Rep. Gabrielle Giffords, shown Oct. 6, "would win easily" were she to seek a fourth term in Congress, said longtime Arizona pollster Bruce Merrill.


U.S. Rep. Gabrielle Giffords had trouble putting together a sentence in her first TV interview since she was shot in the head Jan. 8, but her political options remain wide open.

That's the view of a half-dozen Arizona political experts interviewed after they watched the Monday night ABC program on her recovery.

Their general assessment: Giffords has a long way to go, but the "20/20" program showed her making remarkable improvements in a short time, and the public's well of patience for her is deep.

Margaret Kenski, a Tucson pollster who works mostly for Republicans, noted the interview was "the first good view people have had of her."

"I think that she can be a member of Congress again, given what her therapist said about her not having plateaued," Kenski said.

Giffords' interview with Diane Sawyer took place in mid-October, so improvements may have taken place since then.

It's unclear whether Giffords will be able to run a campaign, but that may not matter, said Bruce Merrill, a longtime Arizona pollster and emeritus professor at ASU.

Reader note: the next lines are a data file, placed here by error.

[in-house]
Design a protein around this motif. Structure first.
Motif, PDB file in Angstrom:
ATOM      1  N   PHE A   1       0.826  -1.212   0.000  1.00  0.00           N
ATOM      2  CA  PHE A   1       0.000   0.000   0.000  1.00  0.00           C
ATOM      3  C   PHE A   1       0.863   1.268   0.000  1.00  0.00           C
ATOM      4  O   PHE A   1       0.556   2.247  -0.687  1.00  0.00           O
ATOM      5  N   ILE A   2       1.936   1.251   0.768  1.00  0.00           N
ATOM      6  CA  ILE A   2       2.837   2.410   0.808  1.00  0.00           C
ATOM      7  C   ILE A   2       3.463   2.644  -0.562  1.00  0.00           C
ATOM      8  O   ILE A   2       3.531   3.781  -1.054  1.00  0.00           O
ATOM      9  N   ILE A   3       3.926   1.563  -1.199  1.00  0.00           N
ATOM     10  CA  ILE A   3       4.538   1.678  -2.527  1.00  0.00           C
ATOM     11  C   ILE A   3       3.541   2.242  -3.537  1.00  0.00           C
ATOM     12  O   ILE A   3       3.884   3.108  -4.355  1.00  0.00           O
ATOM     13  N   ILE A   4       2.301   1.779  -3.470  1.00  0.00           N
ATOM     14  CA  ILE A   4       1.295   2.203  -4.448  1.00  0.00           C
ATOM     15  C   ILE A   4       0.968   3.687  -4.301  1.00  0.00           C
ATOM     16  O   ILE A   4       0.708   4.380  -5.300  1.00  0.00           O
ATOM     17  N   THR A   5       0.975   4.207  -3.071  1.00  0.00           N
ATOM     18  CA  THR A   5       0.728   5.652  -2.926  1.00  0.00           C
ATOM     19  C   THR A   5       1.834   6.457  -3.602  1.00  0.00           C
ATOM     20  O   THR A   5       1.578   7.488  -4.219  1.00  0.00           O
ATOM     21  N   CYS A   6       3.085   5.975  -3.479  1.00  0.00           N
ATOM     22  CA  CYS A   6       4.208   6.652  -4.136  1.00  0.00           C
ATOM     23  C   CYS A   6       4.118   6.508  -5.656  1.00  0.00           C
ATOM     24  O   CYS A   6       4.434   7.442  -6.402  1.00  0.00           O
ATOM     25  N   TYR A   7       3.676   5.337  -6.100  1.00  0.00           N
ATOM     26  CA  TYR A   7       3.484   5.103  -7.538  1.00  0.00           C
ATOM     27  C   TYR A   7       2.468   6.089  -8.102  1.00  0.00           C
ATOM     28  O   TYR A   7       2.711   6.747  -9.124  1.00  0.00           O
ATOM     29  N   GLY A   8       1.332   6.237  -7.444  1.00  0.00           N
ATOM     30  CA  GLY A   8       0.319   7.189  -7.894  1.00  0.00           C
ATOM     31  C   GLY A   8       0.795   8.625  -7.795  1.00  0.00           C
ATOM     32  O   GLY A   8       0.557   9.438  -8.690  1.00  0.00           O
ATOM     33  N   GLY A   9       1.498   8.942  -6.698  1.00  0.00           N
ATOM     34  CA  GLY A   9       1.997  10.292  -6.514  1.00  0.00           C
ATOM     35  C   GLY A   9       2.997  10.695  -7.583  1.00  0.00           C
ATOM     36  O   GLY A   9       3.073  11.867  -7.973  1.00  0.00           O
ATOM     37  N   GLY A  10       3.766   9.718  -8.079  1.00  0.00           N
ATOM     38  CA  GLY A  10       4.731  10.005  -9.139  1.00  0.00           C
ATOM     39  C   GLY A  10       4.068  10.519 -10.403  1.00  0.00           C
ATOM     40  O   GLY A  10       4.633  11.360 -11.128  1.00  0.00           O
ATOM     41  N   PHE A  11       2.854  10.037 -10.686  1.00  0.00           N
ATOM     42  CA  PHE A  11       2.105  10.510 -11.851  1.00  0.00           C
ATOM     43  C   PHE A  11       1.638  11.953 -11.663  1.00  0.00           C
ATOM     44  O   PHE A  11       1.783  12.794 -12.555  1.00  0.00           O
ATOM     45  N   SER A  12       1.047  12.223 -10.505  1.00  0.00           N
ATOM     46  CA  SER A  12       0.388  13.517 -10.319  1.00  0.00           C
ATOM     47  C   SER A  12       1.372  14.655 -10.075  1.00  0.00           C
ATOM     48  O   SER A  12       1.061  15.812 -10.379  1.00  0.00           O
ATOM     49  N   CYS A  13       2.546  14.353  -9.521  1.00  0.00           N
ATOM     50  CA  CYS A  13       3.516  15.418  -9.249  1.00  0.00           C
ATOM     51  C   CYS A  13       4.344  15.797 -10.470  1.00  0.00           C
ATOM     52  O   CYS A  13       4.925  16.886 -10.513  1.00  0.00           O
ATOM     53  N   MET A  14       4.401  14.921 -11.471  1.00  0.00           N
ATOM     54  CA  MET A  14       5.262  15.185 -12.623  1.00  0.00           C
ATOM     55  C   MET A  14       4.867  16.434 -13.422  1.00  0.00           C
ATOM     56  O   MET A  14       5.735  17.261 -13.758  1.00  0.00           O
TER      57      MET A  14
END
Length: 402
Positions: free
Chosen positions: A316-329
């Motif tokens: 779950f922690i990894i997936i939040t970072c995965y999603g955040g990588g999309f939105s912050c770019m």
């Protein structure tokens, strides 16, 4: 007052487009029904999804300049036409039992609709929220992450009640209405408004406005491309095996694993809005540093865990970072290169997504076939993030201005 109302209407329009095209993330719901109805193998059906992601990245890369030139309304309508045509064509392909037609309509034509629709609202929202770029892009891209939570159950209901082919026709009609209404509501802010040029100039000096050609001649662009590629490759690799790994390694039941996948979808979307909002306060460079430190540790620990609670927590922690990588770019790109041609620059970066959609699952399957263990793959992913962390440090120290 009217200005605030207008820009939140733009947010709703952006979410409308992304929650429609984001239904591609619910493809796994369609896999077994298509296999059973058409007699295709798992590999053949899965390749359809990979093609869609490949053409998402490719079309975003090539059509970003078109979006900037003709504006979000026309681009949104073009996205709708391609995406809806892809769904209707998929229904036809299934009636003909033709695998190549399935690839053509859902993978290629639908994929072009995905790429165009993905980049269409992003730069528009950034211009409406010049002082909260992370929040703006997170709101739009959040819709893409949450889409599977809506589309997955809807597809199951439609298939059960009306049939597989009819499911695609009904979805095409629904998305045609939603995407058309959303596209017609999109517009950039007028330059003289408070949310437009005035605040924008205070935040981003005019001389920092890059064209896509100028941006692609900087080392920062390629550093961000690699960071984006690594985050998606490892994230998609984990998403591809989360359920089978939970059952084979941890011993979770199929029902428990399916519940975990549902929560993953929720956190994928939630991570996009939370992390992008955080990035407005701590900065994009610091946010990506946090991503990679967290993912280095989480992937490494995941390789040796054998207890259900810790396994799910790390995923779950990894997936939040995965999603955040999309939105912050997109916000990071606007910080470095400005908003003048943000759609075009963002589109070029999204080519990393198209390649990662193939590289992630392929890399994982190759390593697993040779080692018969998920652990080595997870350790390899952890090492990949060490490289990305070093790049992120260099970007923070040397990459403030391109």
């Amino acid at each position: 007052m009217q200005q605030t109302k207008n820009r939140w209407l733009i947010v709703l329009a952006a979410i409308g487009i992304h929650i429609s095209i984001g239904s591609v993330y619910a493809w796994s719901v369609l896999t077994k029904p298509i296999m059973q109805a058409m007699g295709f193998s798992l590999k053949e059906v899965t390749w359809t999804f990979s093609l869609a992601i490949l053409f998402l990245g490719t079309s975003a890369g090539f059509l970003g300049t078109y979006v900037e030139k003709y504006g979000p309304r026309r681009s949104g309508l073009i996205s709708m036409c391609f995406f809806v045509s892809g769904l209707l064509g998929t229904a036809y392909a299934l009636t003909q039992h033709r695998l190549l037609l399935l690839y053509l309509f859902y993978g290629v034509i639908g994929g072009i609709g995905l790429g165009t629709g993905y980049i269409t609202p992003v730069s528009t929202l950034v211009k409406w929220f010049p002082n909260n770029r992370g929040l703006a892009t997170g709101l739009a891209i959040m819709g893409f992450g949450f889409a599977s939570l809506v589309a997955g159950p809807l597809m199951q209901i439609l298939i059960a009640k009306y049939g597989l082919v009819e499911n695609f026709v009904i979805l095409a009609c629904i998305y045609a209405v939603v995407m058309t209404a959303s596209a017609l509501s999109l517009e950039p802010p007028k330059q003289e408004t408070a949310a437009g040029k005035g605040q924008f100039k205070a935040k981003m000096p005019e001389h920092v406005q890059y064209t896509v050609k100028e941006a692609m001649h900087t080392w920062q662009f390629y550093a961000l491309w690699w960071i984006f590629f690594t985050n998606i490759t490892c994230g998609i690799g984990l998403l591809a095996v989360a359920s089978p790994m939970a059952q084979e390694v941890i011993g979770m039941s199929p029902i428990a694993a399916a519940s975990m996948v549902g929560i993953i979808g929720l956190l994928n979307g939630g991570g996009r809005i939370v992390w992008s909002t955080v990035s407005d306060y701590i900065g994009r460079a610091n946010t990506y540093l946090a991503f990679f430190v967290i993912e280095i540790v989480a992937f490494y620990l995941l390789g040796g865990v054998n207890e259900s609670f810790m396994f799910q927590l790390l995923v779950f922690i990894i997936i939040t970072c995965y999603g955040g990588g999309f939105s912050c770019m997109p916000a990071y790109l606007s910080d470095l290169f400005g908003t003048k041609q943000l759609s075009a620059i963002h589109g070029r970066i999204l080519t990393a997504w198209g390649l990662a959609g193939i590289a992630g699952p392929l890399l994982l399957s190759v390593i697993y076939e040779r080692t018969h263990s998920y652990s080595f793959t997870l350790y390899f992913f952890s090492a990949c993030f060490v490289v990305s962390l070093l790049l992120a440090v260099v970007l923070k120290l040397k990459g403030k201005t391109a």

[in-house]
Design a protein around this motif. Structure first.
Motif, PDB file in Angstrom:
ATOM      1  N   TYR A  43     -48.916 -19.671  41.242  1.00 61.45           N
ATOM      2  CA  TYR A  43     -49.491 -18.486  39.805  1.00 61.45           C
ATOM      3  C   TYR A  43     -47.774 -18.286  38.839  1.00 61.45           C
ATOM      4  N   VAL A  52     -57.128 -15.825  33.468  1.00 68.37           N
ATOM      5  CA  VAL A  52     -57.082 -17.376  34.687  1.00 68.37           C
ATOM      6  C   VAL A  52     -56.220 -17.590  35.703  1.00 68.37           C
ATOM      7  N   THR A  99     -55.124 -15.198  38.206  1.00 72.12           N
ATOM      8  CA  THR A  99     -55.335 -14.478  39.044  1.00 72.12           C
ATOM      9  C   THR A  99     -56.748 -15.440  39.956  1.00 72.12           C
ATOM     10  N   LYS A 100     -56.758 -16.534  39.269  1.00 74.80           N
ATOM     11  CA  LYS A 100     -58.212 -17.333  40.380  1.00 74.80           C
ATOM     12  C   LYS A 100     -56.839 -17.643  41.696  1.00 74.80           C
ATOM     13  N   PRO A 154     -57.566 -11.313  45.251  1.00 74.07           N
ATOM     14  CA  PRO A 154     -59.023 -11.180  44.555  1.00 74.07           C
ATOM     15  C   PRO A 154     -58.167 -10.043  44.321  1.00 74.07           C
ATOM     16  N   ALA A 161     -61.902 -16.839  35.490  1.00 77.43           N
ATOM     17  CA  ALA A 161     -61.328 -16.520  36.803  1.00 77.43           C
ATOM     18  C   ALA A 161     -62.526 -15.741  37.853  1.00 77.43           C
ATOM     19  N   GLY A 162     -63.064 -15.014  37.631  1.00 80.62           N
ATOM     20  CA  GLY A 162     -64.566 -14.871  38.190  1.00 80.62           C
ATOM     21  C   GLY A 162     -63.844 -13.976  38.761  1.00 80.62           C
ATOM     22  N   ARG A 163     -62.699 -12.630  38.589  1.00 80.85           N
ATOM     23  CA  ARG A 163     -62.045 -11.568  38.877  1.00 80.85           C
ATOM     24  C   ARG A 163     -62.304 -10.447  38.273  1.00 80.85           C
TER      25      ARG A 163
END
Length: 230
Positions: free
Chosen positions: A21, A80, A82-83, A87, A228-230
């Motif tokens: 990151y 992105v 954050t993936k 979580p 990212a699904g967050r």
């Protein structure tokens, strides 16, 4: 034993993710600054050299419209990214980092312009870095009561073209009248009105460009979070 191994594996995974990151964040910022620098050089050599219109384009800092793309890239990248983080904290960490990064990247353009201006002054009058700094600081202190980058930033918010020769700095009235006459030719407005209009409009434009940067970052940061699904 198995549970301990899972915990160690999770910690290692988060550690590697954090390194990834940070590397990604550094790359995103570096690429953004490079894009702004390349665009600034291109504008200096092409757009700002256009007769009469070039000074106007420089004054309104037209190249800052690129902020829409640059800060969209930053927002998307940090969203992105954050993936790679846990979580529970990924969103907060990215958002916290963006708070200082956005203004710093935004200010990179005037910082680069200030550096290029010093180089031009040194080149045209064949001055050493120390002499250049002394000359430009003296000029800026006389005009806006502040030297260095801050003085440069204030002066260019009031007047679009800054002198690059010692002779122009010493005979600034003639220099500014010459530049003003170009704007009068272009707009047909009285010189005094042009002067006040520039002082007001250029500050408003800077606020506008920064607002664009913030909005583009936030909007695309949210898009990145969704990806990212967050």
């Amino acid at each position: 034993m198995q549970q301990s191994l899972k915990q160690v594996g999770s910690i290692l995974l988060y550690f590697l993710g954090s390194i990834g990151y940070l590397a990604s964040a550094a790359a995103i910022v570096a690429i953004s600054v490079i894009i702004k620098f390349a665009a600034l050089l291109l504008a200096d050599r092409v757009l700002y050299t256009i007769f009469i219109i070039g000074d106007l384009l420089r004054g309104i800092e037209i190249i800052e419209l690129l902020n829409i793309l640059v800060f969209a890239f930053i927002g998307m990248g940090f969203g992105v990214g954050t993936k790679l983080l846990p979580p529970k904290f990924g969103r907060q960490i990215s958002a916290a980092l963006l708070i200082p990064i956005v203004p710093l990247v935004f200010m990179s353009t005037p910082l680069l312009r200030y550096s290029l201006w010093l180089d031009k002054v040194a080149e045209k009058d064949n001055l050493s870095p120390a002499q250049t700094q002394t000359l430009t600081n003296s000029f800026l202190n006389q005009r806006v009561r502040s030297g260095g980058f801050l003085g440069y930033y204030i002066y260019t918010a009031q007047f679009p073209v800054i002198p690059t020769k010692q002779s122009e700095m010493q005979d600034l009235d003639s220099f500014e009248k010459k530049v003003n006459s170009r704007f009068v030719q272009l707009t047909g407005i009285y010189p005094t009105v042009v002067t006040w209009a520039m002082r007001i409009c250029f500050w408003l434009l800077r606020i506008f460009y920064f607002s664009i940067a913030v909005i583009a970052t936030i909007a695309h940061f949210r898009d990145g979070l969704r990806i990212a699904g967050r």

"If she wants to run for her House seat, it would be silly for any Republican to run against her, because she would win easily," he said.

If not?

"If her husband wanted to run for that seat," he said, "he would win easily."

"Either one of them are a public-relations dream," Merrill said of Giffords and her husband, Mark Kelly, a retired astronaut. "You wouldn't even have to talk about policy. You'd just talk about the strength and courage and loyalty."

Bruce Ash, a Republican National Committee member from Tucson, said he worries that if Giffords runs again, she'd be shortchanging her recovery. He noted that his own recovery from cancer required a "1,000 percent focus."

"It's obvious she's made some really, really significant gains in her recovery," Ash said. But for now, he added, "Everybody knows there's no answer."

The telling of Giffords' story on "20/20" could even extend the public's patience.

Her injury and recovery has been unprecedentedly public, and that may help, said C.J. Karamargin, who was Giffords' spokesman until August.

"She has earned something that political figures work a lifetime to achieve," Karamargin said. "That is the affection and good faith of the country."

Candidates have until May 30 to file the petitions required to run for Congress.

On StarNet: Listen to an audio message from Giffords to her constituents at

Contact reporter Tim Steller at 807-8427 or